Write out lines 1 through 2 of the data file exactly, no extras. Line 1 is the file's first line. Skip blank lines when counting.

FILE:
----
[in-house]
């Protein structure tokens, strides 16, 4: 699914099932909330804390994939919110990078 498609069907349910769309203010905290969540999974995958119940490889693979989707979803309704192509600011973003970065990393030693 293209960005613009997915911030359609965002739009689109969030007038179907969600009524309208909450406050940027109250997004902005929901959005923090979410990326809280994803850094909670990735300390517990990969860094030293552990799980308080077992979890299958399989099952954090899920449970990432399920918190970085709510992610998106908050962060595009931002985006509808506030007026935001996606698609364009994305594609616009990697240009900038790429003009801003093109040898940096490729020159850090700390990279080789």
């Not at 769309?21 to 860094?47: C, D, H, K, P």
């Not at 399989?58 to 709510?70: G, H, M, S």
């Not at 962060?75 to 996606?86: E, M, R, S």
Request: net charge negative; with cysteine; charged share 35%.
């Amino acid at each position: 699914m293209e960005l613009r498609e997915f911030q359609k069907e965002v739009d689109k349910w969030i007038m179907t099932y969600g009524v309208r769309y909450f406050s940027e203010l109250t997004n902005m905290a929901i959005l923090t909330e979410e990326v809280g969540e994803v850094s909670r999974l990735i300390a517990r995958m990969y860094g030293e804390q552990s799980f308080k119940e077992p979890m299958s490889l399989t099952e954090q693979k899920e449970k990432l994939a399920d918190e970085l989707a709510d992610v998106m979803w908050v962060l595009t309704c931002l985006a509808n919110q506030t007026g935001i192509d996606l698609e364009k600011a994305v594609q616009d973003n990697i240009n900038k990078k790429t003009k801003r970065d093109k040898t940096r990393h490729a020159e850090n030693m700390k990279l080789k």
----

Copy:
[in-house]
């Protein structure tokens, strides 16, 4: 699914099932909330804390994939919110990078 498609069907349910769309203010905290969540999974995958119940490889693979989707979803309704192509600011973003970065990393030693 293209960005613009997915911030359609965002739009689109969030007038179907969600009524309208909450406050940027109250997004902005929901959005923090979410990326809280994803850094909670990735300390517990990969860094030293552990799980308080077992979890299958399989099952954090899920449970990432399920918190970085709510992610998106908050962060595009931002985006509808506030007026935001996606698609364009994305594609616009990697240009900038790429003009801003093109040898940096490729020159850090700390990279080789």